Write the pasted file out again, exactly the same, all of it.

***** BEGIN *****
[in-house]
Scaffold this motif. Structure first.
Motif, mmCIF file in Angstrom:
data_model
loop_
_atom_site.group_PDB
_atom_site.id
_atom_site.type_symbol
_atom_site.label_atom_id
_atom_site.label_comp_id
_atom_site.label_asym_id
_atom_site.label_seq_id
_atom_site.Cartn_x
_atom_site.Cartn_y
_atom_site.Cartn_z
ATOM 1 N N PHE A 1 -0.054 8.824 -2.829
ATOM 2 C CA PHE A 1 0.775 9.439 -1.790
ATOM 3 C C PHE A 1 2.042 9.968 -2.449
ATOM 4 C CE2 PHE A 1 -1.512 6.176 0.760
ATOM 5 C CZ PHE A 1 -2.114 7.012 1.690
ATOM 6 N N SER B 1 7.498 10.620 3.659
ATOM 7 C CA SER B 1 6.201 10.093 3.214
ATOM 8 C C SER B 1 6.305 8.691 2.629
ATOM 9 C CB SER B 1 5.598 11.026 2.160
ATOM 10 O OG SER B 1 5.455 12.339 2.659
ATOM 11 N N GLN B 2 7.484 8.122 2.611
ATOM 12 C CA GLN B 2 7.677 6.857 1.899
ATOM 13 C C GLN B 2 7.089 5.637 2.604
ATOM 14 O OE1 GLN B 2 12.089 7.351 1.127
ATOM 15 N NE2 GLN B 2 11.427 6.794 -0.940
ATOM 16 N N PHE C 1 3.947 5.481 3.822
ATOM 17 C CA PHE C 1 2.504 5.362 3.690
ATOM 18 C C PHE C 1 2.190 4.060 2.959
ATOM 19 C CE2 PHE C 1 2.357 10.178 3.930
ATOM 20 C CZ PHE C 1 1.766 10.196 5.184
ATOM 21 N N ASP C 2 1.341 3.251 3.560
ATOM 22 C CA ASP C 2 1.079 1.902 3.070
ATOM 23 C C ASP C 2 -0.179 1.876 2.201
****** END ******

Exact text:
[in-house]
Scaffold this motif. Structure first.
Motif, mmCIF file in Angstrom:
data_model
loop_
_atom_site.group_PDB
_atom_site.id
_atom_site.type_symbol
_atom_site.label_atom_id
_atom_site.label_comp_id
_atom_site.label_asym_id
_atom_site.label_seq_id
_atom_site.Cartn_x
_atom_site.Cartn_y
_atom_site.Cartn_z
ATOM 1 N N PHE A 1 -0.054 8.824 -2.829
ATOM 2 C CA PHE A 1 0.775 9.439 -1.790
ATOM 3 C C PHE A 1 2.042 9.968 -2.449
ATOM 4 C CE2 PHE A 1 -1.512 6.176 0.760
ATOM 5 C CZ PHE A 1 -2.114 7.012 1.690
ATOM 6 N N SER B 1 7.498 10.620 3.659
ATOM 7 C CA SER B 1 6.201 10.093 3.214
ATOM 8 C C SER B 1 6.305 8.691 2.629
ATOM 9 C CB SER B 1 5.598 11.026 2.160
ATOM 10 O OG SER B 1 5.455 12.339 2.659
ATOM 11 N N GLN B 2 7.484 8.122 2.611
ATOM 12 C CA GLN B 2 7.677 6.857 1.899
ATOM 13 C C GLN B 2 7.089 5.637 2.604
ATOM 14 O OE1 GLN B 2 12.089 7.351 1.127
ATOM 15 N NE2 GLN B 2 11.427 6.794 -0.940
ATOM 16 N N PHE C 1 3.947 5.481 3.822
ATOM 17 C CA PHE C 1 2.504 5.362 3.690
ATOM 18 C C PHE C 1 2.190 4.060 2.959
ATOM 19 C CE2 PHE C 1 2.357 10.178 3.930
ATOM 20 C CZ PHE C 1 1.766 10.196 5.184
ATOM 21 N N ASP C 2 1.341 3.251 3.560
ATOM 22 C CA ASP C 2 1.079 1.902 3.070
ATOM 23 C C ASP C 2 -0.179 1.876 2.201